AWS beefs up its cloud with its own processor, and much more
Kicking off its annual re:Invent cloud conference with a bang Monday night, Amazon Web Services Inc. debuted among a wide array of new services a new cloud chip of its own design.
Dubbed Graviton and available to its cloud customers through AWS’ EC2 cloud compute service, the Arm-based chip was designed by the chip developer Annapurna Labs that Amazon bought in 2015.
The key appeal of the chips will be that they offer cheaper computing. Amazon said they can run applications at up to 45 percent less cost than Intel Corp.’s or Advanced Micro Devices Inc.’s chips, which AWS also offers for rent.
Peter DeSantis (pictured), vice president of AWS Global Infrastructure and Customer Support, said during an evening presentation that the chip service, itself called A1, is intended for so-called scale-out applications that can run across many machines, a quality of many web applications. More specifically, they’re good for containerized microservices, or bits of applications bundled up so they can run on many kinds of computers and software, as well as web servers, development environments and fleets of data caching servers.
The Graviton chip is a sign of the ascendance of Arm chips, which traditionally have been used mostly in lower-power devices such as smartphones and more recently in the likes of network routers. Now, they’re starting to find their way into mainstream data center servers, and the A1 compute instance using the Graviton chip means it’s now in the cloud.
At the same time, it’s a signal that Intel and AMD no longer have the data center or the cloud to themselves, though Intel still dominates and AMD has been making gains with its Epyc chips. Graviton can run on applications written on Amazon Linux, Red Hat Enterprise Linux and Ubuntu, and the A1 instances are available in three U.S. and one European AWS region.
“This was one of the big breaks Arm needed to increase its credibility in the server ecosystem,” said Patrick Moorhead, president and principal analyst at Moor Insights & Strategy. “Arm is already prevalent in networking and storage, but not in general purpose compute. AWS was very clear that its strategy is to have the widest array of compute options, including Intel, AMD and Arm, which could very well drive a ripple effect through the industry.”
Graviton wasn’t the only announcement of beefed-up capabilities at AWS, still the dominant provider of cloud infrastructure services. The company also announced other new compute instances, including one geekily called P3dn that offers the power of graphics processing units for running machine learning, artificial intelligence and high-performance computing applications. It uses Nvidia Corp.’s high-end V100 Volta chip to provide what Matt Wood, AWS’ general manager of AI, the largest, fastest training instances in the cloud.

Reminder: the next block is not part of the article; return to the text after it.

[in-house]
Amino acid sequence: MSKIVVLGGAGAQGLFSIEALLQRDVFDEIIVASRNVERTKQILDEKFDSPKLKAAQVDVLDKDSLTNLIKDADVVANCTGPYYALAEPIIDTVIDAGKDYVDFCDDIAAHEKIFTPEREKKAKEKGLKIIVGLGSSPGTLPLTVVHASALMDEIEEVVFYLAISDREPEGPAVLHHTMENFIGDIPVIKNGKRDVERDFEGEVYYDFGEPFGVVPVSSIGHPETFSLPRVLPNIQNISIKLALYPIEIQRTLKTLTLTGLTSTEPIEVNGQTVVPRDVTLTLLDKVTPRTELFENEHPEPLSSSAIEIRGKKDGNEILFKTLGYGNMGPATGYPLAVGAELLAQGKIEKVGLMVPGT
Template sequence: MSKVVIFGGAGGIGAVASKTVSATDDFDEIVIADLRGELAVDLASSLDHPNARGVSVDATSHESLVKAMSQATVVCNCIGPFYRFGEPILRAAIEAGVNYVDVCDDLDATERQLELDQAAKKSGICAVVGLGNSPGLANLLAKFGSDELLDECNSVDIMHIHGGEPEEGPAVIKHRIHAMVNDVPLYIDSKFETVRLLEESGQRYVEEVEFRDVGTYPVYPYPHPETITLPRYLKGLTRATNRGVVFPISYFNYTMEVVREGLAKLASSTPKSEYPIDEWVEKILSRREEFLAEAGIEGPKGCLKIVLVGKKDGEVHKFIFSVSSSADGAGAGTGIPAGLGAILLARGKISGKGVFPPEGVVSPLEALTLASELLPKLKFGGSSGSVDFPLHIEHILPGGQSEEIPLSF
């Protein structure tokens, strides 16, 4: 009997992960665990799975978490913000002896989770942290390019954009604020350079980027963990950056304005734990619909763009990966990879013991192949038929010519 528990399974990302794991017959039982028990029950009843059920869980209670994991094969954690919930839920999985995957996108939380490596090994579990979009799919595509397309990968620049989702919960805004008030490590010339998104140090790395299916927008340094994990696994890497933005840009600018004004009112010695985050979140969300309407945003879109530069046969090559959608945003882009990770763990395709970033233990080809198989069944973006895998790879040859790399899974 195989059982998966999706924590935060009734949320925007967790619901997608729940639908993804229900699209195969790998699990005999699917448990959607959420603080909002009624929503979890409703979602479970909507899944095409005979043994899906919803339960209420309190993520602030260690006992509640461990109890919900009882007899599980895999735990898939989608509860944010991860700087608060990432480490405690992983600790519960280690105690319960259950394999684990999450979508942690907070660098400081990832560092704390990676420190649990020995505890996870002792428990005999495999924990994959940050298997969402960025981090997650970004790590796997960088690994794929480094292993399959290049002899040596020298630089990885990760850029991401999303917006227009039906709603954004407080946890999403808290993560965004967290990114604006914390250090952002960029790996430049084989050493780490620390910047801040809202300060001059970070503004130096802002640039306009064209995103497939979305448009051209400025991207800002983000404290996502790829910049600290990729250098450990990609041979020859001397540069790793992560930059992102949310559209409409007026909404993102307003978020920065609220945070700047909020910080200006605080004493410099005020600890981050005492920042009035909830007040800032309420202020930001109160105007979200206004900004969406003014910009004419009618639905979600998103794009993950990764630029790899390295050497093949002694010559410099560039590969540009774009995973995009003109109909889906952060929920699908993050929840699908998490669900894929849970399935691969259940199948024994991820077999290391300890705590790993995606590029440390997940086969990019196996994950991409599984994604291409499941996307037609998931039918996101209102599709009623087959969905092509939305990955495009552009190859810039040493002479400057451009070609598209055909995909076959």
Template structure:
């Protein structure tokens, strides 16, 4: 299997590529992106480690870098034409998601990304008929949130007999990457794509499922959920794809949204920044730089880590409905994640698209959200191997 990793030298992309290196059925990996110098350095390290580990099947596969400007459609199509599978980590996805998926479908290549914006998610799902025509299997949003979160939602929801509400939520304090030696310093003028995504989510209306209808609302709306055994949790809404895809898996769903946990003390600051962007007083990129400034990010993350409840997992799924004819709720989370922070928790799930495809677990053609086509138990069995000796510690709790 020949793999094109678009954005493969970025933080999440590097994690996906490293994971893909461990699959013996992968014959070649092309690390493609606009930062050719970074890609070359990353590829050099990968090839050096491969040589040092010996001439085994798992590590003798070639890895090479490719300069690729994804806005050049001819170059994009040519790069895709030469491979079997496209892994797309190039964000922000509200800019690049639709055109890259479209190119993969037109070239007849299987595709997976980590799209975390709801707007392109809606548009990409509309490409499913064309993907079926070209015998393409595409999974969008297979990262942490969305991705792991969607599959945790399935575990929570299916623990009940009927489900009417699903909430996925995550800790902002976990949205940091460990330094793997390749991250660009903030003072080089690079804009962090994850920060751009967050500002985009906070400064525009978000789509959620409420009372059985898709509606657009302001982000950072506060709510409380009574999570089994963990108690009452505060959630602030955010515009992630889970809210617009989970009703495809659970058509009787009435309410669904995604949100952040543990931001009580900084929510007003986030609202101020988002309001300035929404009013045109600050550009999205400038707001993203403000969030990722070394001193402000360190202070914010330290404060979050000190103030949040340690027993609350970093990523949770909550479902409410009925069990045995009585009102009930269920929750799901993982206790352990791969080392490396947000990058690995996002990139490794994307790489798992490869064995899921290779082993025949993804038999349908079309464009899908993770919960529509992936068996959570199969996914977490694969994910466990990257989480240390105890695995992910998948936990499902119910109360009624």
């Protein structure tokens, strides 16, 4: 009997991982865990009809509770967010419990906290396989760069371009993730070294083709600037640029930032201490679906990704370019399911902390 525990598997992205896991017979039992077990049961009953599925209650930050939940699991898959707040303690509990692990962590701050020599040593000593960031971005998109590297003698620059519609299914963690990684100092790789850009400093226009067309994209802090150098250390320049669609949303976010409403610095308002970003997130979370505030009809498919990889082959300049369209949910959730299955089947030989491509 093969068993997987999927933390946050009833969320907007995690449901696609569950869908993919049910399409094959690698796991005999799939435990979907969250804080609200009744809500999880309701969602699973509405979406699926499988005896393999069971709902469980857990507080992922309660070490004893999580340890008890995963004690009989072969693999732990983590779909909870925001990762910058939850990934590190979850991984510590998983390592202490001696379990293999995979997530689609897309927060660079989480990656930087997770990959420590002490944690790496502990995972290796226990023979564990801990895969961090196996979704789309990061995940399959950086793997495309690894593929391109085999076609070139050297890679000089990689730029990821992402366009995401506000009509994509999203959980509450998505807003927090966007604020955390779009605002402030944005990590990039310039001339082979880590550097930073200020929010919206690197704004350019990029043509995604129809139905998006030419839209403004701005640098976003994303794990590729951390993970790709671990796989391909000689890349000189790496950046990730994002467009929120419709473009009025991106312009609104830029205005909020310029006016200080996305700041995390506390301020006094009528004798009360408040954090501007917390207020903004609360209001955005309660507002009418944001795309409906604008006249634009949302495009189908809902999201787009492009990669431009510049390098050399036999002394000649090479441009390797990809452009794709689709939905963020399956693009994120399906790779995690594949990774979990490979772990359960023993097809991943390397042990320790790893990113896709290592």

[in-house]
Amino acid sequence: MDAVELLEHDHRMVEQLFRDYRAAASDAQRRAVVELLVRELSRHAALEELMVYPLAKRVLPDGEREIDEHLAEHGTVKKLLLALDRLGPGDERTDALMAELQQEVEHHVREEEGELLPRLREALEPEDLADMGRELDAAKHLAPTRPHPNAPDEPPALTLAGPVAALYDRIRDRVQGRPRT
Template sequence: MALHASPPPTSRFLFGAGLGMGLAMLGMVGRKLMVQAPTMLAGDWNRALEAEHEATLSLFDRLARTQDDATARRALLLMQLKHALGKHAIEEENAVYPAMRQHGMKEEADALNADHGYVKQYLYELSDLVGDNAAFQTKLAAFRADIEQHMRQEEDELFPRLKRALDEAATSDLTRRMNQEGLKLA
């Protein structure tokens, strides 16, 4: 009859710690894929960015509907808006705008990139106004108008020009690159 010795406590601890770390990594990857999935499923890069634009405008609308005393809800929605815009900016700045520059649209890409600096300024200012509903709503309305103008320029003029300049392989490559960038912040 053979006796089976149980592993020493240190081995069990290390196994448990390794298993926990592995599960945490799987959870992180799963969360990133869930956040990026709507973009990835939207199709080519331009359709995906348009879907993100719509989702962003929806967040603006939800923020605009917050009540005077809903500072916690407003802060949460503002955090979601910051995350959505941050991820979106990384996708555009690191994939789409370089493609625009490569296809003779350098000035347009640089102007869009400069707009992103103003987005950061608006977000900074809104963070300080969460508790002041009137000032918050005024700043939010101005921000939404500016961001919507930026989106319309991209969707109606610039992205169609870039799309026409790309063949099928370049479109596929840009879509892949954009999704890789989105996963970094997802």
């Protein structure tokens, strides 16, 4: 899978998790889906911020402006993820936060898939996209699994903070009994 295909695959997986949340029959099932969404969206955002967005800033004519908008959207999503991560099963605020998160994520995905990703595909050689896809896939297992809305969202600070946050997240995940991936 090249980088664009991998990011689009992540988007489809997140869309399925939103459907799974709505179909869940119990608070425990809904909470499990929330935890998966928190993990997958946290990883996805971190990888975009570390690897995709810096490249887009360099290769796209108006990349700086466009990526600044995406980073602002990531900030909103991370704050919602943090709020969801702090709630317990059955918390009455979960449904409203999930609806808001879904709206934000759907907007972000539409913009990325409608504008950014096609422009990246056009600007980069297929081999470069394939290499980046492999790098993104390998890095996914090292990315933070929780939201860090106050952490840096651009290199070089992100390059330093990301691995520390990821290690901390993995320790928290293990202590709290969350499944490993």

Yet another new instance, called C5N, offers higher network bandwidth for running compute-intensive applications. That one actually got the most cheers of the evening from the large audience of developers.
Also debuting Monday night was a new tool called Global Accelerator designed to help AWS customers route their network traffic more easily across multiple cloud regions. That’s important because many customers need to run in more than one zone to improve speed, make sure applications don’t go down if one region has an issue, or because of regulatory requirements.
AWS plans to charge customers based on the number of accelerators they create. “An accelerator is the resource you create to direct traffic to optimal endpoints over the AWS global network,” Shaun Ray, an AWS senior manager of developer operations, wrote in a blog post. “Customers will typically set up one accelerator for each application, but more complex applications may require more than one accelerator.”
Global Accelerator, which customers will pay for based on how many they create, is now available in several regions in the U.S., Europe and Asia.
Also on the networking front, AWS announced Elastic Fabric Adapter, which is a network adapter for Amazon EC2 instances that AWS claims will deliver the performance of on-premises high-performance computing clusters.
Not least, AWS debuted a lightweight virtualization service for “serverless” computing called Firecracker, which aims to allow customers the ability to use compute services without having specifically to provision servers and networking.
Photo: Robert Hof/SiliconANGLE
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